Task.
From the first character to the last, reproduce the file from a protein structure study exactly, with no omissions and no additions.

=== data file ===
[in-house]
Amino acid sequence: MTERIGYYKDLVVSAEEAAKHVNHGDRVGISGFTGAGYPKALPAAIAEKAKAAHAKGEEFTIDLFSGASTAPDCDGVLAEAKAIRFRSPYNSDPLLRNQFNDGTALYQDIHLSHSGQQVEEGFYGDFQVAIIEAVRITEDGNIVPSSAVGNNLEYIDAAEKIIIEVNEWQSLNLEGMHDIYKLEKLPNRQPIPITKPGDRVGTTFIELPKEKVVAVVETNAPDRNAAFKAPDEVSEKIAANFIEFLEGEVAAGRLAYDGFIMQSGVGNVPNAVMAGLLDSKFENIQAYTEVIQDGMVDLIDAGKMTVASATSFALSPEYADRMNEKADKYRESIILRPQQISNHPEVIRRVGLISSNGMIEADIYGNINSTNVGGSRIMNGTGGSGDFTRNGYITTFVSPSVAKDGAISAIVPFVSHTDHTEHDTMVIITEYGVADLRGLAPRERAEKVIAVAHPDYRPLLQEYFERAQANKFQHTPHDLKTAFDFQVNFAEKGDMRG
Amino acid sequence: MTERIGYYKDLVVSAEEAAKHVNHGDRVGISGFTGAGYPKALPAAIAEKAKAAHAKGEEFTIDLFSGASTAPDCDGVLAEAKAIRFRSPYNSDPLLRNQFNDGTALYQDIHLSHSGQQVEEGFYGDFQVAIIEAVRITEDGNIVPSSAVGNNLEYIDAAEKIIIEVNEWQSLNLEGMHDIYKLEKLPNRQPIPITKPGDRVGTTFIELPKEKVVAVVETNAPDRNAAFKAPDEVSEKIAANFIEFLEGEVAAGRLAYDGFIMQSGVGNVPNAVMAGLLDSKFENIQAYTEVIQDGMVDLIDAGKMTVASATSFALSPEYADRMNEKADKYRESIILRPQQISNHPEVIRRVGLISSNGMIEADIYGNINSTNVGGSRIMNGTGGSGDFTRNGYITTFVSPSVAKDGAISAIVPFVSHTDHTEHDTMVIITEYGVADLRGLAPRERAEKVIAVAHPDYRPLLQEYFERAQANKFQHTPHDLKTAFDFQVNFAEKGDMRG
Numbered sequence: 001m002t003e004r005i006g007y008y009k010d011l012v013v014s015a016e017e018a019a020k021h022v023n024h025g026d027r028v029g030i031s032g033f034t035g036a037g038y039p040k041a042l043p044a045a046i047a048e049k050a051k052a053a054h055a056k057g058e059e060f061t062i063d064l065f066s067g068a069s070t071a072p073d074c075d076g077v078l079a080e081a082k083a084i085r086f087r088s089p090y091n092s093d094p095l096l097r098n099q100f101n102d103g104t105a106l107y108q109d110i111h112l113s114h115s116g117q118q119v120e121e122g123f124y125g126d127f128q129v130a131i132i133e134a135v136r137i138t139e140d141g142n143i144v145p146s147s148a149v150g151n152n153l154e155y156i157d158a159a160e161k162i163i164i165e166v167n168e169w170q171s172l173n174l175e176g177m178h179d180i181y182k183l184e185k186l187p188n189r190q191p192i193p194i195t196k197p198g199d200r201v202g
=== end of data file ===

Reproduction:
[in-house]
Amino acid sequence: MTERIGYYKDLVVSAEEAAKHVNHGDRVGISGFTGAGYPKALPAAIAEKAKAAHAKGEEFTIDLFSGASTAPDCDGVLAEAKAIRFRSPYNSDPLLRNQFNDGTALYQDIHLSHSGQQVEEGFYGDFQVAIIEAVRITEDGNIVPSSAVGNNLEYIDAAEKIIIEVNEWQSLNLEGMHDIYKLEKLPNRQPIPITKPGDRVGTTFIELPKEKVVAVVETNAPDRNAAFKAPDEVSEKIAANFIEFLEGEVAAGRLAYDGFIMQSGVGNVPNAVMAGLLDSKFENIQAYTEVIQDGMVDLIDAGKMTVASATSFALSPEYADRMNEKADKYRESIILRPQQISNHPEVIRRVGLISSNGMIEADIYGNINSTNVGGSRIMNGTGGSGDFTRNGYITTFVSPSVAKDGAISAIVPFVSHTDHTEHDTMVIITEYGVADLRGLAPRERAEKVIAVAHPDYRPLLQEYFERAQANKFQHTPHDLKTAFDFQVNFAEKGDMRG
Amino acid sequence: MTERIGYYKDLVVSAEEAAKHVNHGDRVGISGFTGAGYPKALPAAIAEKAKAAHAKGEEFTIDLFSGASTAPDCDGVLAEAKAIRFRSPYNSDPLLRNQFNDGTALYQDIHLSHSGQQVEEGFYGDFQVAIIEAVRITEDGNIVPSSAVGNNLEYIDAAEKIIIEVNEWQSLNLEGMHDIYKLEKLPNRQPIPITKPGDRVGTTFIELPKEKVVAVVETNAPDRNAAFKAPDEVSEKIAANFIEFLEGEVAAGRLAYDGFIMQSGVGNVPNAVMAGLLDSKFENIQAYTEVIQDGMVDLIDAGKMTVASATSFALSPEYADRMNEKADKYRESIILRPQQISNHPEVIRRVGLISSNGMIEADIYGNINSTNVGGSRIMNGTGGSGDFTRNGYITTFVSPSVAKDGAISAIVPFVSHTDHTEHDTMVIITEYGVADLRGLAPRERAEKVIAVAHPDYRPLLQEYFERAQANKFQHTPHDLKTAFDFQVNFAEKGDMRG
Numbered sequence: 001m002t003e004r005i006g007y008y009k010d011l012v013v014s015a016e017e018a019a020k021h022v023n024h025g026d027r028v029g030i031s032g033f034t035g036a037g038y039p040k041a042l043p044a045a046i047a048e049k050a051k052a053a054h055a056k057g058e059e060f061t062i063d064l065f066s067g068a069s070t071a072p073d074c075d076g077v078l079a080e081a082k083a084i085r086f087r088s089p090y091n092s093d094p095l096l097r098n099q100f101n102d103g104t105a106l107y108q109d110i111h112l113s114h115s116g117q118q119v120e121e122g123f124y125g126d127f128q129v130a131i132i133e134a135v136r137i138t139e140d141g142n143i144v145p146s147s148a149v150g151n152n153l154e155y156i157d158a159a160e161k162i163i164i165e166v167n168e169w170q171s172l173n174l175e176g177m178h179d180i181y182k183l184e185k186l187p188n189r190q191p192i193p194i195t196k197p198g199d200r201v202g